Maybe there are still a lot of people that have not yet heard about the Maker Movement and don´t know much either about Maker or Hacker Spaces, the Maker Faires or anyone who is part of this DIY (Do it yourself) movement. I got a couple of people asking what MakerBoat actually is, so I guess it´s better to give some background information and definition about Maker Spaces.
There is a wide variety and types of Maker Spaces around. In general a Maker Space is a place where people meet, work, collaborate, research, imagine, dream, play, experiment, learn, design anything from electronic circuits, robots, 3d printing, open source hardware, Arduino boards to cheese making or beer brewing. It´s basically a laboratory and playground for anyone and for anything creative. Some concepts that are common to most Maker Spaces are freedom, collaboration, creativity, hacking or learning and experimenting, breaking things apart and putting them together in different ways. Most Maker Spaces welcome members from all ages and backgrounds, from kids to elderly and people with technical and non technical backgrounds. Maker spaces serve as informal learning spaces, there are often free courses given by the members themselves (crowd teaching/learning). Maker spaces are very horizontal, self organized, collective, democratic entities, often started by friends who invite other friends and are open for anyone to join, paying their rent and equipment expenses thanks to donations, memberships, materials sales and crowdfunding, much like hobbyst computer clubs in the 70’s, but really open for many things not just the latest prototyping technologies.
For creative people who feel emptiness after graduating from school, Maker Spaces provide a community of creatives who are eager to learn, experiment and come up with cool projects, be it art, technology, science, food, crafts and a mix of all of these. There are even Maker Spaces focused on teaching kids, others more focused on programming, robotics, biology (check out Biocurious!) and open hardware. A Maker Space most of the times has a specific location, renting a warehouse or office space in downtown San Francisco, Silicon Valley, Shenzhen, London or Berlin, that is then converted into a lab/gallery/workshop/classroom/coworking space. Or it can be even a mobile space, like a school bus converted into a laboratory or a big truck or van touring around the country going from school to school like the SparkTruck project, teaching kids about citizen science projects or how to build an Arduino robot or LED lamps with sensors and evangelizing about the maker movement.
In the last few years there have been many Maker and Hacker Spaces poping up in different cities and countries. There are about 500 Maker and Hacker spaces listed on Hackerspaces.org. Apparently creativity needs to organically raise from the ground all over the world and Maker spaces provide the tools, the people and the community for creativity and self reliance to flourish.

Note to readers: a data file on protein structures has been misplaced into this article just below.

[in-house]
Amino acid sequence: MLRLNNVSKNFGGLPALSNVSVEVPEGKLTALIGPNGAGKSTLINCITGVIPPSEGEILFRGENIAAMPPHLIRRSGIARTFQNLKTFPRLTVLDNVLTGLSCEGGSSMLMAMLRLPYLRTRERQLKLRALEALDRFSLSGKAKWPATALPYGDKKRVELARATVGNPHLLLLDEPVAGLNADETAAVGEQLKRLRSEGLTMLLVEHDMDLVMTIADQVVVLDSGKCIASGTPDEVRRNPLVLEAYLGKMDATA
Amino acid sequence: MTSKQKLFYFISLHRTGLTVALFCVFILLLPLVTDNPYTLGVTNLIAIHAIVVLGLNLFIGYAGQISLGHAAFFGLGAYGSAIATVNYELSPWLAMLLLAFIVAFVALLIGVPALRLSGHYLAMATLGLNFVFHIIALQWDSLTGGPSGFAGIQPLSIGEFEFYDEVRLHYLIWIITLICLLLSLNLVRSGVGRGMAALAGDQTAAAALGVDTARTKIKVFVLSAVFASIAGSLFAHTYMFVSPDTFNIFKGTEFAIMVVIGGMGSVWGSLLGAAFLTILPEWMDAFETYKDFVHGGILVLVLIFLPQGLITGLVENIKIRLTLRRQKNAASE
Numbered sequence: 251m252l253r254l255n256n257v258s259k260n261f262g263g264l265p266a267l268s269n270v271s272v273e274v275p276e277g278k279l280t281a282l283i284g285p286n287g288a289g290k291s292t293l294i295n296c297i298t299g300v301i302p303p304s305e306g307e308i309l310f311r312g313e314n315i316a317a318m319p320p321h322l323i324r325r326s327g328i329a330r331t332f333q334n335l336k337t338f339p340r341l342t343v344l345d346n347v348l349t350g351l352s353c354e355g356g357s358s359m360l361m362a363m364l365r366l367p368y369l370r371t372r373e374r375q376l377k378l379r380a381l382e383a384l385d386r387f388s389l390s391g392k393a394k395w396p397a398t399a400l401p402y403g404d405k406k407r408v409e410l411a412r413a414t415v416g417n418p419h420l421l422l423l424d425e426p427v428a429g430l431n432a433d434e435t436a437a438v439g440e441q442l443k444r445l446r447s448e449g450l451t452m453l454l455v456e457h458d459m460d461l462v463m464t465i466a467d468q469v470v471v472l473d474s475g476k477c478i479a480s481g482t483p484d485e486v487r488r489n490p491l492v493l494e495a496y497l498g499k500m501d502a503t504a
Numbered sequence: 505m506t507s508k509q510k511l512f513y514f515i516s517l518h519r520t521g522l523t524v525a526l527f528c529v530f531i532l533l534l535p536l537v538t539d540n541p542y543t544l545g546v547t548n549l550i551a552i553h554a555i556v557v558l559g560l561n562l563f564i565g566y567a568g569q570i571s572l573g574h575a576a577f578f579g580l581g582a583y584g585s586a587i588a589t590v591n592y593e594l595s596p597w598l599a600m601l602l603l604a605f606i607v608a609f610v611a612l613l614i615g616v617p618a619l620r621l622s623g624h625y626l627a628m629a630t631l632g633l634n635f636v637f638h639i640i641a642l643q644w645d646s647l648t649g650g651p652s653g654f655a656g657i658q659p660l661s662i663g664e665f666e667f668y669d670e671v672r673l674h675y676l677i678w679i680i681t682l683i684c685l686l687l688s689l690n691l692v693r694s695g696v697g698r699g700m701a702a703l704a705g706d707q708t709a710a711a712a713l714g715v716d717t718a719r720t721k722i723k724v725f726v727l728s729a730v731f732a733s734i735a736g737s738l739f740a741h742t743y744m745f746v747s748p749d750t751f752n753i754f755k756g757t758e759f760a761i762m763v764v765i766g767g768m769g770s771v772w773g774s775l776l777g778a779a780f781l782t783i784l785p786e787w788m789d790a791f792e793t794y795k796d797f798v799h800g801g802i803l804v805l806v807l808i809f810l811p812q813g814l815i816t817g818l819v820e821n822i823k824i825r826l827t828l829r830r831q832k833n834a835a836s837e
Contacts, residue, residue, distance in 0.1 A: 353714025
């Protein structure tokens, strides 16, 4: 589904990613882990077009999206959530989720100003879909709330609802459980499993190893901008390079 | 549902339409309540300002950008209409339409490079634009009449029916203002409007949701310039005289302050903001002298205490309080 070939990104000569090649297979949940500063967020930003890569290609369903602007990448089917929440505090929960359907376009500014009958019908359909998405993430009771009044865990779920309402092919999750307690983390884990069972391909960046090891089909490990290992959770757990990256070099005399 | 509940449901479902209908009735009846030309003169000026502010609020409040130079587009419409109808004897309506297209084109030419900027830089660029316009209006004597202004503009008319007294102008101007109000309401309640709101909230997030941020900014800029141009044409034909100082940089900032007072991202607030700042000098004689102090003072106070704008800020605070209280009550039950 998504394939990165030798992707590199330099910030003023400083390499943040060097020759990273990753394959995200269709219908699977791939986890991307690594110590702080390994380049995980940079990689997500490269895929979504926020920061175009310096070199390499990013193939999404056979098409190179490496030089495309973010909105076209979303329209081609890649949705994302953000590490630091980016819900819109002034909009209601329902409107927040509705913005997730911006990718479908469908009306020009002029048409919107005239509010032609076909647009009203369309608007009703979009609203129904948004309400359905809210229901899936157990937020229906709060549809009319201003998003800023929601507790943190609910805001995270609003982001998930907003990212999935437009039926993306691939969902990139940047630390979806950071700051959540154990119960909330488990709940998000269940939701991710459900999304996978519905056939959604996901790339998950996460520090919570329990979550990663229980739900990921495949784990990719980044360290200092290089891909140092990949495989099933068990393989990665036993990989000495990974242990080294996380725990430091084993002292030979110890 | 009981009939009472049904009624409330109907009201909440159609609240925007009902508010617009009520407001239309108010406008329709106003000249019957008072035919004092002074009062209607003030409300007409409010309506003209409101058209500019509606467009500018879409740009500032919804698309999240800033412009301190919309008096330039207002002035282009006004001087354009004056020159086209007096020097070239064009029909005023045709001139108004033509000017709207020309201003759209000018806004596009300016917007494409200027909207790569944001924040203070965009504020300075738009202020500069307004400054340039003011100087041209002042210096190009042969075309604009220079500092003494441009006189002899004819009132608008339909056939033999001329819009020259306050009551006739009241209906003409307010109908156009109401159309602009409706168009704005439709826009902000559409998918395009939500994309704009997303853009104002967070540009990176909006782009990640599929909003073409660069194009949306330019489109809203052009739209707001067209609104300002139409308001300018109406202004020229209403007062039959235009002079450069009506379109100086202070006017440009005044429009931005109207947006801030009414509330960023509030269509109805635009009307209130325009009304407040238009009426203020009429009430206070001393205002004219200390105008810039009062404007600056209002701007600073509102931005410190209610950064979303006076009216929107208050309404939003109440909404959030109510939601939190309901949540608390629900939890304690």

In this ecosystem of open spaces and open creativity and innovation, the MakerBoat idea came up initially to offer a mobile maker space (like SparkTruck) on a sailing boat to be docked at the port of Barcelona, one of Europe´s most cool and creative cities, offering a small maker space and also serving as a hosting/sleeping space for any makers visiting Barcelona to stay there freely specially if they were coming to collaborate on projects or give some talks or teach new skills to the maker community in Barcelona. Also, since there are a variety of types of Maker Spaces, we would initially focus on learning new skills and new technologies, while trying to launch our own collaborative projects, help, support and fund others. Right now we will try out some raw ideas that will hopefully evolve into more solid projects. Juliet is an architect and designer with lots of experience and my background is more on the entrepreneurship side, which hopefully will complement the projects.
This initial idea will still remain valid, even though we have been delaying the boat plan for a few months, but we are sure it would help create a nice community and would make it easy to host visitors, organize talks, and add a creative space to the growing community in Europe. We also plan to either rent or share an office or warehouse with other creative people to have a permanent place, but for the meantime and the next few months that we will be travelling from Europe to San Francisco to Hong Kong to China and Silicon Valley, to learn what is going on in these places. We will be going from city to city, visiting other hackerspaces and coworking from there. So right now this project will remain a travelling and virtual open lab until we find out our final home. This won´t stop us from launching new projects or collaborating with other people.
If all of this still sounds unfamiliar you can learn more about the Makers movement by reading some articles from Make: magazine, doing some DIY projects from Instructables.com, learning more about open hardware/Arduino or checking out some videos from the Maker Faire (the greatest show and tell on earth)!